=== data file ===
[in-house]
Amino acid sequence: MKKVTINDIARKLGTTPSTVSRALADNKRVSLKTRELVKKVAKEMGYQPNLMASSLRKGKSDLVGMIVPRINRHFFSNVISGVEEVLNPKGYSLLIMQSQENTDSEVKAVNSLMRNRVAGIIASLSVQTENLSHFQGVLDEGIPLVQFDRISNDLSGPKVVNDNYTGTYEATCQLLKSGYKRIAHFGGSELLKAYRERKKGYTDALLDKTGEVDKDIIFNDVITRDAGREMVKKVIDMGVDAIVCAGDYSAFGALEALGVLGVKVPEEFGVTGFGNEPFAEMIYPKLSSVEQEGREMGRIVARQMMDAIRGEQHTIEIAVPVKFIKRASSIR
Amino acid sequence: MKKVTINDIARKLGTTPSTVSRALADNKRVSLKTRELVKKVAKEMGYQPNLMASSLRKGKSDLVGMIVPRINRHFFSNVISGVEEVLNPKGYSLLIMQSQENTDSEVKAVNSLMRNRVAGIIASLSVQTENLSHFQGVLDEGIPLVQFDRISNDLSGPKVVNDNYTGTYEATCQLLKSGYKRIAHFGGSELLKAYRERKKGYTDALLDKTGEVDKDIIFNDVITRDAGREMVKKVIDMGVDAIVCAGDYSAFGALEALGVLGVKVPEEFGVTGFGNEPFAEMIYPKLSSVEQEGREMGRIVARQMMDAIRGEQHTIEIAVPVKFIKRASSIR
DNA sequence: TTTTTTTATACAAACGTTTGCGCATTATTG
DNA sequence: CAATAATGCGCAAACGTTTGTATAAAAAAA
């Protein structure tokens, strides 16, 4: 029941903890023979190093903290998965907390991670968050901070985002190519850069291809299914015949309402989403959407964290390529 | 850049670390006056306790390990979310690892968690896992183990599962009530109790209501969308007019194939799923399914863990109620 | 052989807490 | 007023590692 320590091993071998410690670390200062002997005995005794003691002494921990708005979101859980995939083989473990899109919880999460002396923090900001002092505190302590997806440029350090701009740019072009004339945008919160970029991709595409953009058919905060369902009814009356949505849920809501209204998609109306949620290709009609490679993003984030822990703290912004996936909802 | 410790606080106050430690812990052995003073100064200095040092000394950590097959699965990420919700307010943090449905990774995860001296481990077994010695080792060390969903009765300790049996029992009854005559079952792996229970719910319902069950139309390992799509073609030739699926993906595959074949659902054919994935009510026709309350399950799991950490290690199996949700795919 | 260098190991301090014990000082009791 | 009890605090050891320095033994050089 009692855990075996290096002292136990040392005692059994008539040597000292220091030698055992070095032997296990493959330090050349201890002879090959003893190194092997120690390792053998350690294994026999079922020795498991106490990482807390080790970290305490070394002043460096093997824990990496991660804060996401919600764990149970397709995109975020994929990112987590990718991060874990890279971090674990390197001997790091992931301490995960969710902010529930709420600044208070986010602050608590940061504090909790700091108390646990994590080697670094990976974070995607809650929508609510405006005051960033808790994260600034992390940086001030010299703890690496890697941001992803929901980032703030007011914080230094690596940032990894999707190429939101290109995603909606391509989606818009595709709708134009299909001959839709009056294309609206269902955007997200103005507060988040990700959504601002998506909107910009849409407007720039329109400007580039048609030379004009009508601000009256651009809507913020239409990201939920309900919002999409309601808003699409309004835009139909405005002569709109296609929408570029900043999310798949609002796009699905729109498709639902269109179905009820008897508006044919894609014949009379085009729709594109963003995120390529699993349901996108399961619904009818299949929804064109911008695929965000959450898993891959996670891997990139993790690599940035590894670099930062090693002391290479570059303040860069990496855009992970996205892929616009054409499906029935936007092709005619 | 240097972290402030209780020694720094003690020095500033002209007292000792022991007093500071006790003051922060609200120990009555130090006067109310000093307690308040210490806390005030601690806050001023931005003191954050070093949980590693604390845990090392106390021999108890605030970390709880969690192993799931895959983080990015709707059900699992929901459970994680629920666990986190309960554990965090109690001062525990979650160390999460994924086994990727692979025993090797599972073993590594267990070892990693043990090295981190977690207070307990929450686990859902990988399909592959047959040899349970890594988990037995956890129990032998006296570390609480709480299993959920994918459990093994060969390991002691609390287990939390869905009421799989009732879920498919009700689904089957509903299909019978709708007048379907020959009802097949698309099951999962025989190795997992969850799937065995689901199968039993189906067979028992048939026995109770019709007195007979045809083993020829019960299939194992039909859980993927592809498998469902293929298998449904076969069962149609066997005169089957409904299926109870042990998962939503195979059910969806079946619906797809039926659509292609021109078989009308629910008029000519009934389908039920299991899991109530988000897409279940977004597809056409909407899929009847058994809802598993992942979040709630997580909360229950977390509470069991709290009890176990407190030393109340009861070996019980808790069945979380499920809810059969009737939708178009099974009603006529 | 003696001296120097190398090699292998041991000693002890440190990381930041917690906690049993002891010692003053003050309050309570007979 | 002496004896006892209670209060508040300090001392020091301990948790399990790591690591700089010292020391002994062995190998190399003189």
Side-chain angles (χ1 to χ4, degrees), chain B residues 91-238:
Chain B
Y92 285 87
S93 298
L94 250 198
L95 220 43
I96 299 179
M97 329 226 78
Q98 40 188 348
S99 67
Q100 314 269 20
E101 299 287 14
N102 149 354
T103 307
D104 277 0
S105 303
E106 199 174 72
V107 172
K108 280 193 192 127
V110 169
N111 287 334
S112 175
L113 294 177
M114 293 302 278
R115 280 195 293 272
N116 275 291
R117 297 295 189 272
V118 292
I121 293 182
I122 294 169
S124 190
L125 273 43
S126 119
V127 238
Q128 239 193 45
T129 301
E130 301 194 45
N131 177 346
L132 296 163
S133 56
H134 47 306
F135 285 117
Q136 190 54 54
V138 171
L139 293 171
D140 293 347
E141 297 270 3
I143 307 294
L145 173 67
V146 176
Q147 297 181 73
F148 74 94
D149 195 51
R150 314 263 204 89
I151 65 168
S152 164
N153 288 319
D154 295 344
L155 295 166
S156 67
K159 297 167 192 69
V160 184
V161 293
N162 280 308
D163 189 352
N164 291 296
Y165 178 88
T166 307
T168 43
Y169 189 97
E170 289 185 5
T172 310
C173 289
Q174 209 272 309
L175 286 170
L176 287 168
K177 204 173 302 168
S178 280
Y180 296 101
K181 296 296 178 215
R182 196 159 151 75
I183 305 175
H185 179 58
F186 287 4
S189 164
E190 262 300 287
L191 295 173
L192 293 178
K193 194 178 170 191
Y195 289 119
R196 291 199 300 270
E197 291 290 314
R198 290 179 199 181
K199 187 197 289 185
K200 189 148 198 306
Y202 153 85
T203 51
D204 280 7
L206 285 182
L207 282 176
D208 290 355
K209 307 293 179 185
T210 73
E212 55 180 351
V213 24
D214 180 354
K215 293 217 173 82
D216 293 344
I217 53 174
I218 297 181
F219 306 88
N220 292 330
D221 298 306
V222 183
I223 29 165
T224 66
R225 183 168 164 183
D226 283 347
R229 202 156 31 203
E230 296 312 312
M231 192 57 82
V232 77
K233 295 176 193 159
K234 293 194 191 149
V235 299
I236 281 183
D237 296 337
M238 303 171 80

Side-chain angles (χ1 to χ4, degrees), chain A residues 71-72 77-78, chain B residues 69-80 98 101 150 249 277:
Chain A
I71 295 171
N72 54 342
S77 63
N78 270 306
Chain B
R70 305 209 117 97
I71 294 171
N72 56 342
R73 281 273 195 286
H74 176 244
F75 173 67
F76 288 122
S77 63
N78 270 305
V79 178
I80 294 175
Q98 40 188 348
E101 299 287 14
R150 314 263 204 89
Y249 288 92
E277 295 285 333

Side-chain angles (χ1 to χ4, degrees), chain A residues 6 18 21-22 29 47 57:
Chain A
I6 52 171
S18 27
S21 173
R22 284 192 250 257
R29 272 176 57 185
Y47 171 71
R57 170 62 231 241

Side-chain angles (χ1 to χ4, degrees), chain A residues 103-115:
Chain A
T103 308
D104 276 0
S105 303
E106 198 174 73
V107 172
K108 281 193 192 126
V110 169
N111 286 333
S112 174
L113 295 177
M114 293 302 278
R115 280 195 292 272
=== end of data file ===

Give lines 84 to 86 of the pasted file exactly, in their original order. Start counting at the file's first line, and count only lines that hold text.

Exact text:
S178 280
Y180 296 101
K181 296 296 178 215